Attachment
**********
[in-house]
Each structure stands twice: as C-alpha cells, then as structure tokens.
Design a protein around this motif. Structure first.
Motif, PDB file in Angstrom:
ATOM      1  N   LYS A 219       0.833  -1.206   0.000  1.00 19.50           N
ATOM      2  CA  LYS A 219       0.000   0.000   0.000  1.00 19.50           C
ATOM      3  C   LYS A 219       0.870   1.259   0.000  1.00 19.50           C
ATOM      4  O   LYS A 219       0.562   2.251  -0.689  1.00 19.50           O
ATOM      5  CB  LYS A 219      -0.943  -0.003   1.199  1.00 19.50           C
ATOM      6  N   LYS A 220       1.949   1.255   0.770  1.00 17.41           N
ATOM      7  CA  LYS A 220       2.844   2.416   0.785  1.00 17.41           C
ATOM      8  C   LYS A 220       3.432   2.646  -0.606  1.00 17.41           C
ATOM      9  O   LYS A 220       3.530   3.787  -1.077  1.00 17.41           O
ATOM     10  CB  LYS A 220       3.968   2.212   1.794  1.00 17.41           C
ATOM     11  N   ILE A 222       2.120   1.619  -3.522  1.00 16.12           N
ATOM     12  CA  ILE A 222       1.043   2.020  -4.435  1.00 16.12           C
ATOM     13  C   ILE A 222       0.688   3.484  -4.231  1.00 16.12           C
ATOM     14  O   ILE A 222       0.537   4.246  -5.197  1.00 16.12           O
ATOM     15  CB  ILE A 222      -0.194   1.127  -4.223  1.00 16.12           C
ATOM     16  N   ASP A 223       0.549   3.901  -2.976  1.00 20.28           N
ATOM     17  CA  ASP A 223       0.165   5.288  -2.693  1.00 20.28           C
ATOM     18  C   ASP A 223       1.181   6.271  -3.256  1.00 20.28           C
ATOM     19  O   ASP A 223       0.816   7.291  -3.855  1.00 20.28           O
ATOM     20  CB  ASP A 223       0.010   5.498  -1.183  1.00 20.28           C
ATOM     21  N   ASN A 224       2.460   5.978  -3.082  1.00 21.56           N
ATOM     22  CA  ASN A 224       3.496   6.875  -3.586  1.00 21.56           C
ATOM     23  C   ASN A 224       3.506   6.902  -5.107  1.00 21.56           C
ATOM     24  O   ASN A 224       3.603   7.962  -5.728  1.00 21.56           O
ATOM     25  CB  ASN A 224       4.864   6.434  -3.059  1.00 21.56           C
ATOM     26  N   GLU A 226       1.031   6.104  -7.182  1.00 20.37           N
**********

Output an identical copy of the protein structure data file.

[in-house]
Each structure stands twice: as C-alpha cells, then as structure tokens.
Design a protein around this motif. Structure first.
Motif, PDB file in Angstrom:
ATOM      1  N   LYS A 219       0.833  -1.206   0.000  1.00 19.50           N
ATOM      2  CA  LYS A 219       0.000   0.000   0.000  1.00 19.50           C
ATOM      3  C   LYS A 219       0.870   1.259   0.000  1.00 19.50           C
ATOM      4  O   LYS A 219       0.562   2.251  -0.689  1.00 19.50           O
ATOM      5  CB  LYS A 219      -0.943  -0.003   1.199  1.00 19.50           C
ATOM      6  N   LYS A 220       1.949   1.255   0.770  1.00 17.41           N
ATOM      7  CA  LYS A 220       2.844   2.416   0.785  1.00 17.41           C
ATOM      8  C   LYS A 220       3.432   2.646  -0.606  1.00 17.41           C
ATOM      9  O   LYS A 220       3.530   3.787  -1.077  1.00 17.41           O
ATOM     10  CB  LYS A 220       3.968   2.212   1.794  1.00 17.41           C
ATOM     11  N   ILE A 222       2.120   1.619  -3.522  1.00 16.12           N
ATOM     12  CA  ILE A 222       1.043   2.020  -4.435  1.00 16.12           C
ATOM     13  C   ILE A 222       0.688   3.484  -4.231  1.00 16.12           C
ATOM     14  O   ILE A 222       0.537   4.246  -5.197  1.00 16.12           O
ATOM     15  CB  ILE A 222      -0.194   1.127  -4.223  1.00 16.12           C
ATOM     16  N   ASP A 223       0.549   3.901  -2.976  1.00 20.28           N
ATOM     17  CA  ASP A 223       0.165   5.288  -2.693  1.00 20.28           C
ATOM     18  C   ASP A 223       1.181   6.271  -3.256  1.00 20.28           C
ATOM     19  O   ASP A 223       0.816   7.291  -3.855  1.00 20.28           O
ATOM     20  CB  ASP A 223       0.010   5.498  -1.183  1.00 20.28           C
ATOM     21  N   ASN A 224       2.460   5.978  -3.082  1.00 21.56           N
ATOM     22  CA  ASN A 224       3.496   6.875  -3.586  1.00 21.56           C
ATOM     23  C   ASN A 224       3.506   6.902  -5.107  1.00 21.56           C
ATOM     24  O   ASN A 224       3.603   7.962  -5.728  1.00 21.56           O
ATOM     25  CB  ASN A 224       4.864   6.434  -3.059  1.00 21.56           C
ATOM     26  N   GLU A 226       1.031   6.104  -7.182  1.00 20.37           N